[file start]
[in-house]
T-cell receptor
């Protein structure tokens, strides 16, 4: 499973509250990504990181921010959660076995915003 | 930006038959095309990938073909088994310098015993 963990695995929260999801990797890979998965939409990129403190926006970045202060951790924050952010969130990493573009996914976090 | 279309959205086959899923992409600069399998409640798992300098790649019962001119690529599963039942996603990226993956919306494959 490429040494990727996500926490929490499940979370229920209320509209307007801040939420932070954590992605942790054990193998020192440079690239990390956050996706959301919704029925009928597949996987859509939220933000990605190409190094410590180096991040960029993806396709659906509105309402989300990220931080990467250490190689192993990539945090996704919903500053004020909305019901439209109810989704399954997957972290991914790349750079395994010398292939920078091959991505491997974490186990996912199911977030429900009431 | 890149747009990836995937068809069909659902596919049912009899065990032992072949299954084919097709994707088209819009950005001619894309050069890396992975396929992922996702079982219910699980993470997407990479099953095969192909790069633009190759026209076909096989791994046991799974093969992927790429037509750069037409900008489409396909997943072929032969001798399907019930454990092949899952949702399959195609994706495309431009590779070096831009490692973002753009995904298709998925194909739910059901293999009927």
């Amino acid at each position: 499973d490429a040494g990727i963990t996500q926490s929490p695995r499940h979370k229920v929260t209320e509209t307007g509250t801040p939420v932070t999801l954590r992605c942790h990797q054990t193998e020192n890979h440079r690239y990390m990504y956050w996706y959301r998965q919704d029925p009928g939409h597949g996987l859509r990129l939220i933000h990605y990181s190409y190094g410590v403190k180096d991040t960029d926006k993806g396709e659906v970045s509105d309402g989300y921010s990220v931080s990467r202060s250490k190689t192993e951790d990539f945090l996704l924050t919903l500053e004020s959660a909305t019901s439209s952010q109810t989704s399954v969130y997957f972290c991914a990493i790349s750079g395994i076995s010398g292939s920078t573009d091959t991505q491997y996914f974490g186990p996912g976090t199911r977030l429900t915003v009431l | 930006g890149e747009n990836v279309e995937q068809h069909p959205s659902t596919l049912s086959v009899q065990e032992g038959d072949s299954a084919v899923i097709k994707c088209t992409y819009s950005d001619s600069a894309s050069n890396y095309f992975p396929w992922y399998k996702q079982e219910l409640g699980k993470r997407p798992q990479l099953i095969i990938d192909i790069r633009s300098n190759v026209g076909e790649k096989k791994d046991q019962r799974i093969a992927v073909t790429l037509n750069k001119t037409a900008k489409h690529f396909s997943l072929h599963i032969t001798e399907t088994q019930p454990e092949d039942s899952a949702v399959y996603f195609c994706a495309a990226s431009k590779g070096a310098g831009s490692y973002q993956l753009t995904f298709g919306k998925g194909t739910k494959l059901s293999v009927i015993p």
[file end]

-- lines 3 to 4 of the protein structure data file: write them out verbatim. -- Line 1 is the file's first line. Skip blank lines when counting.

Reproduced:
């Protein structure tokens, strides 16, 4: 499973509250990504990181921010959660076995915003 | 930006038959095309990938073909088994310098015993 963990695995929260999801990797890979998965939409990129403190926006970045202060951790924050952010969130990493573009996914976090 | 279309959205086959899923992409600069399998409640798992300098790649019962001119690529599963039942996603990226993956919306494959 490429040494990727996500926490929490499940979370229920209320509209307007801040939420932070954590992605942790054990193998020192440079690239990390956050996706959301919704029925009928597949996987859509939220933000990605190409190094410590180096991040960029993806396709659906509105309402989300990220931080990467250490190689192993990539945090996704919903500053004020909305019901439209109810989704399954997957972290991914790349750079395994010398292939920078091959991505491997974490186990996912199911977030429900009431 | 890149747009990836995937068809069909659902596919049912009899065990032992072949299954084919097709994707088209819009950005001619894309050069890396992975396929992922996702079982219910699980993470997407990479099953095969192909790069633009190759026209076909096989791994046991799974093969992927790429037509750069037409900008489409396909997943072929032969001798399907019930454990092949899952949702399959195609994706495309431009590779070096831009490692973002753009995904298709998925194909739910059901293999009927």
């Amino acid at each position: 499973d490429a040494g990727i963990t996500q926490s929490p695995r499940h979370k229920v929260t209320e509209t307007g509250t801040p939420v932070t999801l954590r992605c942790h990797q054990t193998e020192n890979h440079r690239y990390m990504y956050w996706y959301r998965q919704d029925p009928g939409h597949g996987l859509r990129l939220i933000h990605y990181s190409y190094g410590v403190k180096d991040t960029d926006k993806g396709e659906v970045s509105d309402g989300y921010s990220v931080s990467r202060s250490k190689t192993e951790d990539f945090l996704l924050t919903l500053e004020s959660a909305t019901s439209s952010q109810t989704s399954v969130y997957f972290c991914a990493i790349s750079g395994i076995s010398g292939s920078t573009d091959t991505q491997y996914f974490g186990p996912g976090t199911r977030l429900t915003v009431l | 930006g890149e747009n990836v279309e995937q068809h069909p959205s659902t596919l049912s086959v009899q065990e032992g038959d072949s299954a084919v899923i097709k994707c088209t992409y819009s950005d001619s600069a894309s050069n890396y095309f992975p396929w992922y399998k996702q079982e219910l409640g699980k993470r997407p798992q990479l099953i095969i990938d192909i790069r633009s300098n190759v026209g076909e790649k096989k791994d046991q019962r799974i093969a992927v073909t790429l037509n750069k001119t037409a900008k489409h690529f396909s997943l072929h599963i032969t001798e399907t088994q019930p454990e092949d039942s899952a949702v399959y996603f195609c994706a495309a990226s431009k590779g070096a310098g831009s490692y973002q993956l753009t995904f298709g919306k998925g194909t739910k494959l059901s293999v009927i015993p």